time the sleds were put away. On this day the weather was not very good and conditions were far from perfect, but considering what old Mother Nature was dishing up all across the U. P., and really over much of the state, we were just happy to have the time together out on the trails. Riding the Crazy 8’s is always a fun way to spend the From Trail #89, Lake Superior looks day and shake off the angry this day. winter blahs…. We somewhere around and friendly, giving both highly recomtwo hundred miles, proper hand signals mend it, look forward and even with the ex- and waves as we to doing it all again tremely warm weather, passed. It was shortly soon, and hoping for I think we encountered after sundown by the better weather… just less than ten miles of time we returned home sayin’ trail that may have and totally dark by the needed some extra atServing Locals, Tourists tention, and even & Adventurers those few miles were We stock all your not so rough that one snowmobile trail needs could complain. Kudos Open 7 days a week to the groomer operaCheck our Facebook page for current hours tors for the great job of On the Main trail in the village of keeping the trails as Copper Harbor safe and smooth as possible under such 906-289-3483
ABOVE: A groomer working the main Grand Marais trail (#8) at the Grand Sable Dunes area.
Happy snowmobilers. heading back home.
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February, 2020 - MICHIGAN SNOWMOBILER 19 weekends they were with Mom. When Lauren graduated college, we continued to ride. Now she is on a 2019 sled, and I'm on a Hi, I have been a I would ride on the 2015... Something subscriber to your paper for years. When I saw this article in the December issue, Kids on Snowmobiles, I had to write. I have two daughters. The oldest who is now 23, started at at 3.. ( I actually bought a Kitty Kat when I found out mom was pregnant). The younger since she was also three. I got divorced, when they were just 2&6. Not wanting to give up KONTEKA riding, I bought a two Black Bear Resort Motel up machine, and the •Restaurant & Lounge •Gas three of us rode it until •Trail Permits •Bowling Lane the older daughter • Gift Shop (Lauren) turned 12, Located right on the then I put her on her snowmobile trail and just a few miles own zl600 ( efi for easy away from Lake Superior and the throttle pull). When Porcupine Mountains Emily turned 12, I put in White Pine, MI her on the two up. I alwww.thekonteka.com 906-885-5170 ways had another sled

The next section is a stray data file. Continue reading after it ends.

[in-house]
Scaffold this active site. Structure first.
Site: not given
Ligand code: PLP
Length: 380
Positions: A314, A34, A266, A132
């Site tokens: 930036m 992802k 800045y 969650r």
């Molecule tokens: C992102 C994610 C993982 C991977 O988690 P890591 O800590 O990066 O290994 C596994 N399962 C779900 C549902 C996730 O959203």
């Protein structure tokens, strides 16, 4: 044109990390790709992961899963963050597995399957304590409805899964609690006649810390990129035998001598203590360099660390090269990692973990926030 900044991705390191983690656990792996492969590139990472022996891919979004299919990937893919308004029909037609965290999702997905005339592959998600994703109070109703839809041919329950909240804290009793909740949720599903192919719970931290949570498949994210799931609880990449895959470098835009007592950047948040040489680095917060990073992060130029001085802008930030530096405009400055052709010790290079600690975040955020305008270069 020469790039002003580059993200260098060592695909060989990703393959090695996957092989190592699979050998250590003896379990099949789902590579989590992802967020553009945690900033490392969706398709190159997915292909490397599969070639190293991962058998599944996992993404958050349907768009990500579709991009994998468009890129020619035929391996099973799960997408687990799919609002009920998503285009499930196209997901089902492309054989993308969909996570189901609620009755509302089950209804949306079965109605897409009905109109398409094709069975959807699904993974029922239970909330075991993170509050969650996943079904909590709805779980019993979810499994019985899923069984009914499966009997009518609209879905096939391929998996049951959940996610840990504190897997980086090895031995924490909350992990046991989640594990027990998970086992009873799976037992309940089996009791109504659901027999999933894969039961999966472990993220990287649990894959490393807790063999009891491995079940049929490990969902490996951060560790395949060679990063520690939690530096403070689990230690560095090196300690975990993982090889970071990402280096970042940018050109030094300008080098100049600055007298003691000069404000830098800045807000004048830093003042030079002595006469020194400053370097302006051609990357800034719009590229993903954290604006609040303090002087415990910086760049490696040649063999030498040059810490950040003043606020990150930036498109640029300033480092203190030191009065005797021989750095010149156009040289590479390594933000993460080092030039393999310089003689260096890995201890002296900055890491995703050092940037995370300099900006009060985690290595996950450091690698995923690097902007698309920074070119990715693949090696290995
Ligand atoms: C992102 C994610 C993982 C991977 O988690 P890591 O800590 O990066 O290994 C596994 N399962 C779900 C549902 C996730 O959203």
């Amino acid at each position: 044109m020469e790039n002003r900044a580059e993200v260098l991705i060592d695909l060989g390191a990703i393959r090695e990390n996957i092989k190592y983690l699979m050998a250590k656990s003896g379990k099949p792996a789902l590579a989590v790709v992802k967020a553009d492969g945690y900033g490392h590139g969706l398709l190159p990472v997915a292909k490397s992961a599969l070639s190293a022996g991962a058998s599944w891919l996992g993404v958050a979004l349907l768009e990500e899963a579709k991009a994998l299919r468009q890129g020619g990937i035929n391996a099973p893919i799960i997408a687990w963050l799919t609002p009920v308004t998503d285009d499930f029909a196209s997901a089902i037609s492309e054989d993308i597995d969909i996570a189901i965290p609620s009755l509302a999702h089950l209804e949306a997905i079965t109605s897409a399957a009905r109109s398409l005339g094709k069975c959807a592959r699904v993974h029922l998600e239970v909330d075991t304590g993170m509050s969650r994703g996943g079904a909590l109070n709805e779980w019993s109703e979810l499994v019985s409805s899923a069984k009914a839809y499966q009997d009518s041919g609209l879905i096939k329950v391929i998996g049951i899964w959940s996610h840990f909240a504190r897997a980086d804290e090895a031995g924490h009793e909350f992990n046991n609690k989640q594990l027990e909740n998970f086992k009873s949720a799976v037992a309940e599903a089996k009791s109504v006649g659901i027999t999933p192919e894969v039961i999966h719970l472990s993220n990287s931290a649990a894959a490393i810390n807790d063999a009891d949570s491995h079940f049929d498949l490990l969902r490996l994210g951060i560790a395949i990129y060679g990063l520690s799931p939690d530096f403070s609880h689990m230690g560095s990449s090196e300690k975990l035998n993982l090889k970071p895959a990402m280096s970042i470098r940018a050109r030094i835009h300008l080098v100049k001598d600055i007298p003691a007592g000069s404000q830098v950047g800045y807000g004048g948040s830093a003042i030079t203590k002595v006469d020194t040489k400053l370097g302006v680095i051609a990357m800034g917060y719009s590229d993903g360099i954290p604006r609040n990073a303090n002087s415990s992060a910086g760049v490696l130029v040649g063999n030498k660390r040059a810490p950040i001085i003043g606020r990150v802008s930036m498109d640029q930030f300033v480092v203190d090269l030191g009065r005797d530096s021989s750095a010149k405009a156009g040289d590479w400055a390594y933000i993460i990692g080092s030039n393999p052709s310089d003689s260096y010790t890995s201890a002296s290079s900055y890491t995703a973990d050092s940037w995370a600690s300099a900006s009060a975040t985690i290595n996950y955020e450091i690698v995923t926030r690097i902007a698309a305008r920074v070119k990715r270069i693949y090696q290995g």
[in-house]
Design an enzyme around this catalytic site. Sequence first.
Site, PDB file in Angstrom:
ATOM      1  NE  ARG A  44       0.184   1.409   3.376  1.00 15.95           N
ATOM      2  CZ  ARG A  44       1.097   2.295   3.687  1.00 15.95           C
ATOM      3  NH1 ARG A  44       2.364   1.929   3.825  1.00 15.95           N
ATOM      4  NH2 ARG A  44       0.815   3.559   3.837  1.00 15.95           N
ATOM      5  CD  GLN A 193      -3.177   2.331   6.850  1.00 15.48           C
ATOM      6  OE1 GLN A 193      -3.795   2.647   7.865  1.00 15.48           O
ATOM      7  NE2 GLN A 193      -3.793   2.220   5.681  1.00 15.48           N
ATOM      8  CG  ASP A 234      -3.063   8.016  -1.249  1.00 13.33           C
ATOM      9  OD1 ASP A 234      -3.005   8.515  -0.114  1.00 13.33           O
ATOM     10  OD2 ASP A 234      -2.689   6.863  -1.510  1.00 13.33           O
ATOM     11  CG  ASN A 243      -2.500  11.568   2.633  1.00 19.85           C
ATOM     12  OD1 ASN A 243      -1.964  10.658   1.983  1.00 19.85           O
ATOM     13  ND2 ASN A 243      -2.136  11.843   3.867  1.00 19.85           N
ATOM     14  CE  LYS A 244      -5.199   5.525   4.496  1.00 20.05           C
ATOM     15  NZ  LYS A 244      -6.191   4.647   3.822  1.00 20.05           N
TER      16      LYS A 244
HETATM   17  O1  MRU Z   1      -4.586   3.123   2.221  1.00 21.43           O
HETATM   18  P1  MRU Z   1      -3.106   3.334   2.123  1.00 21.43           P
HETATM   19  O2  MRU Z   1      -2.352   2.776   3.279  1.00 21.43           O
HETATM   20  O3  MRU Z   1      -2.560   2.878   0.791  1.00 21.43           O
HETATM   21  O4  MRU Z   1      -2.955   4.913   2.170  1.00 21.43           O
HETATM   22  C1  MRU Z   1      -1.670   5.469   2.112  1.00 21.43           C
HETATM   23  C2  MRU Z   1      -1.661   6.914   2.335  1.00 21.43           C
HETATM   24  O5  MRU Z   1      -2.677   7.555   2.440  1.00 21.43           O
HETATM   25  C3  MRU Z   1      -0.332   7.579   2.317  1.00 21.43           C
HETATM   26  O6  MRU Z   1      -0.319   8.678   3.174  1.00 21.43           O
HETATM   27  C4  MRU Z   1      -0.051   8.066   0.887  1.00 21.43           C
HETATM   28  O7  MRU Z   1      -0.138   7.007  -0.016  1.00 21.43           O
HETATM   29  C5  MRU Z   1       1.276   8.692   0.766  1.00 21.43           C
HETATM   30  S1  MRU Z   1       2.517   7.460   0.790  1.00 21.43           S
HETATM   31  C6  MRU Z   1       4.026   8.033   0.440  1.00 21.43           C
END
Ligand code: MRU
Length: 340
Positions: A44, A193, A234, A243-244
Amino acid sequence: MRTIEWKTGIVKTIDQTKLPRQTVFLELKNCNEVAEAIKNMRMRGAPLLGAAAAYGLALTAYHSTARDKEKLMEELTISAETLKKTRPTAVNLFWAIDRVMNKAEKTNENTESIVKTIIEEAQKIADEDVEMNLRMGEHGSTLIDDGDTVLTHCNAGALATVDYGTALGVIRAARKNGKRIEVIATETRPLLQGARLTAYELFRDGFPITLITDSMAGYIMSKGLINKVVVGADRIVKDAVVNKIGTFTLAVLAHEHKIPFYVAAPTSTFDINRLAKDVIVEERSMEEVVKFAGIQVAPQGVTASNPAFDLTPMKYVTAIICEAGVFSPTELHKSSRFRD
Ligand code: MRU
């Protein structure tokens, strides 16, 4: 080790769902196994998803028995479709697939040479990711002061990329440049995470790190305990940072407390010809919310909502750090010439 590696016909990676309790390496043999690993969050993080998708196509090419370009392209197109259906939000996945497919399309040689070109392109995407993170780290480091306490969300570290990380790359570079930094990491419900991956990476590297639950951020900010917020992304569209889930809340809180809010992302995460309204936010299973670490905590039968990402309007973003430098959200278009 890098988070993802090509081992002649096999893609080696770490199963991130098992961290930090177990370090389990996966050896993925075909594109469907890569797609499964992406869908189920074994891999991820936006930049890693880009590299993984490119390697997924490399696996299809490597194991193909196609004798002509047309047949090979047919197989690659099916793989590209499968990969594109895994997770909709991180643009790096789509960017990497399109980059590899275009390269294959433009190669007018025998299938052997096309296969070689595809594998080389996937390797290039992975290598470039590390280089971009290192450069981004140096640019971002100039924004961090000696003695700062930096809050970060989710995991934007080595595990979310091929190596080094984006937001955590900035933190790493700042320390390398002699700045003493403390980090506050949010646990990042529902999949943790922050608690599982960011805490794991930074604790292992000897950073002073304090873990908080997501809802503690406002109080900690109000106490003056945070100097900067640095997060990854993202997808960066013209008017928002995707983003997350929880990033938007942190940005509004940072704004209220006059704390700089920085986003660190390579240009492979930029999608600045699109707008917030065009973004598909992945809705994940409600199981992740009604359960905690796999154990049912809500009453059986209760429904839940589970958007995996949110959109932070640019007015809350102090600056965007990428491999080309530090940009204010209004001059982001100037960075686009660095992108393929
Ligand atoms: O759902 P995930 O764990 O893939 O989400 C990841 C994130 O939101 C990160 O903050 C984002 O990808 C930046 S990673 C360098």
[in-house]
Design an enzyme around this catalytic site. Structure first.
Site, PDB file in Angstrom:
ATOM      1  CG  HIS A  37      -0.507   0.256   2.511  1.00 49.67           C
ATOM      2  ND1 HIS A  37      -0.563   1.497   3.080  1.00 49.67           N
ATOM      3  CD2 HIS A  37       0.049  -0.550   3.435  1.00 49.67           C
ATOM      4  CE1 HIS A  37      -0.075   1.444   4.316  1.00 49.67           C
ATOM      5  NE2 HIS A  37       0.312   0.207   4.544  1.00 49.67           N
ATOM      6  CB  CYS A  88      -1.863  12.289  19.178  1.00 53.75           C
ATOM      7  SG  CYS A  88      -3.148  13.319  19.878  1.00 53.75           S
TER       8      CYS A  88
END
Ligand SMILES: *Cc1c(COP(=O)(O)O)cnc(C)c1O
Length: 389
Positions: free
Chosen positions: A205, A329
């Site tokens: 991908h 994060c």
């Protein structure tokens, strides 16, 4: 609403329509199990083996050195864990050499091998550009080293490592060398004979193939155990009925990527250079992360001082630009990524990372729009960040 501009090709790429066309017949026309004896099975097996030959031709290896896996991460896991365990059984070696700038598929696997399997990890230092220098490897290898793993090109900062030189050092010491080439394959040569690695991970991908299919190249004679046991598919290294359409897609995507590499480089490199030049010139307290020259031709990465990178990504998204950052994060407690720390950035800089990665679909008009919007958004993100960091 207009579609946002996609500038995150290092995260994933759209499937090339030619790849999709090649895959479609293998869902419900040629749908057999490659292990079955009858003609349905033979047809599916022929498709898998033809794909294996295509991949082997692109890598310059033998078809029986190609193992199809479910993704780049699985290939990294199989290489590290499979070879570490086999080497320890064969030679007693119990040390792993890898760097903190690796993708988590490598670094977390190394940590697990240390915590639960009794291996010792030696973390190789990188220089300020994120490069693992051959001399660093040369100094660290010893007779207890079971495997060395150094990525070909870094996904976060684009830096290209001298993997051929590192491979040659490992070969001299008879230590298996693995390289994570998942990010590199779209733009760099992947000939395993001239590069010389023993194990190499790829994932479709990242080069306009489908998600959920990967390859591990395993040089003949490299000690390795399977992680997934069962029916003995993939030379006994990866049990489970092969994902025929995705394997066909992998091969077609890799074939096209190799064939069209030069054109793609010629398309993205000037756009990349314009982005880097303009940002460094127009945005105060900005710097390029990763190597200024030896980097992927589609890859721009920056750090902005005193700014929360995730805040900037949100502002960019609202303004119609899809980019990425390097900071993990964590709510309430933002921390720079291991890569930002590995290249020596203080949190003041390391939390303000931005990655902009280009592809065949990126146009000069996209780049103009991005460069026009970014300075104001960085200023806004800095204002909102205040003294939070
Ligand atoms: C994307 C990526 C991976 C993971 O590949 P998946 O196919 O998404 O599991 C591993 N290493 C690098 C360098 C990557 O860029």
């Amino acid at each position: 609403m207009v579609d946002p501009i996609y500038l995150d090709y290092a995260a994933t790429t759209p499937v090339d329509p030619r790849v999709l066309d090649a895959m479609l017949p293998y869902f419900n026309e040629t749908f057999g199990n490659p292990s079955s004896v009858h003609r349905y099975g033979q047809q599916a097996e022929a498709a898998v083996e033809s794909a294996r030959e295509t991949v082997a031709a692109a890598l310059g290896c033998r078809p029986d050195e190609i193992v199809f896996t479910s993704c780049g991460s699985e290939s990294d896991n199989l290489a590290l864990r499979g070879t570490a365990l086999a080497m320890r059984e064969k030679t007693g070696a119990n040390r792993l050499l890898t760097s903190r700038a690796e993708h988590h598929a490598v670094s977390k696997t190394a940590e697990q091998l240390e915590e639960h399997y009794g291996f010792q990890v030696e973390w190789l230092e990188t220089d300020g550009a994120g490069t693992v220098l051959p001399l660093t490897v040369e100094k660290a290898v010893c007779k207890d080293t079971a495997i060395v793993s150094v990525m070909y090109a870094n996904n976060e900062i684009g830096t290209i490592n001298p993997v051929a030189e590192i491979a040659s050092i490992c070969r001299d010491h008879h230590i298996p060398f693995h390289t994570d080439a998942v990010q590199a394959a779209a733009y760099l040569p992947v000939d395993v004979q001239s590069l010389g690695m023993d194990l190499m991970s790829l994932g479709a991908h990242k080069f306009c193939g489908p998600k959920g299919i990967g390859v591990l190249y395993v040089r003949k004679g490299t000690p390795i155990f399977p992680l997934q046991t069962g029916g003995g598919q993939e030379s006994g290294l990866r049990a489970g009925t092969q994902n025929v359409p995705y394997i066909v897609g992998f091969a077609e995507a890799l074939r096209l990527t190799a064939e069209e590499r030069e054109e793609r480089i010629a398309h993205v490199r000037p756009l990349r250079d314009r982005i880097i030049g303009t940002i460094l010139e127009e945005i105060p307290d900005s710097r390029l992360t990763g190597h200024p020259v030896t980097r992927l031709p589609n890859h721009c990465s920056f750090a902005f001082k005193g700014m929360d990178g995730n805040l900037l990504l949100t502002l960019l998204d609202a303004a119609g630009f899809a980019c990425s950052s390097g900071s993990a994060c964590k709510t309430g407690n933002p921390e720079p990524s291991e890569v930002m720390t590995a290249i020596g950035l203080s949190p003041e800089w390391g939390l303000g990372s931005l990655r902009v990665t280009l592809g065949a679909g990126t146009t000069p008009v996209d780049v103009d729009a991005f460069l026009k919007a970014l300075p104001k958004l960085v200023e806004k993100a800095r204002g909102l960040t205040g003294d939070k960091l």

KIDS ON SNOWMOBILES......
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20 MICHIGAN SNOWMOBILER - February, 2020
A NOSTALIGIC LOOK AT SNOWMOBILING THIRTY YEARS AGO In September of Remember When REMEMBER WHEN. . . 2005, Andy Twork February 1990 By Bill Tisron Every month for the past 32 years we have put together a story about the corresponding issues of 30 years ago. Sorry to say but we do not have the February 1990 issue in our archives. We must have over 1,000 magazines in our office, but no February 1990. We also have every sea-
On the cover... Miss Michigan, Tony Jo Abbernante.
FROM THE PAGES OF
son bound in a hard cover book but we have no 1989-90 season. I guess after 53 years its not so bad if your only missing one issue. So here is a little history about this article. We started doing these stories in September, 1997, and (Northwinds Charlie) Slater was the first to write this article. The story he wrote was on our very first issue from October 1967. The first story ever published in the Michigan Snowmobiler
began his 10 years of Remember When writing. His first story was about things that went on in September of 1975. He wrote about the big four, Polaris, Yamaha, Ski-Doo and
Magazine was called The Long Long Trail written by Jean Payne. Jean told of a trail that had been developed for horses and hikers and was now open to snowmobilers. Also in that issue it was announced that Michigan
Snowmobiler Magazine had become the official publication of the Michigan Snowmobile Association (MSA). Northwind Charlie wrote the Remember When articles for 8 years. SNOWMOBILE SKI ~ ICE FISH 2, 3, Bedroom Cottages • Very Clean • Modern and roomy • Garage available if needed • Dish TV • 2 night minimum reservation • Discounts on 4 nights and weekly • Just off main trail system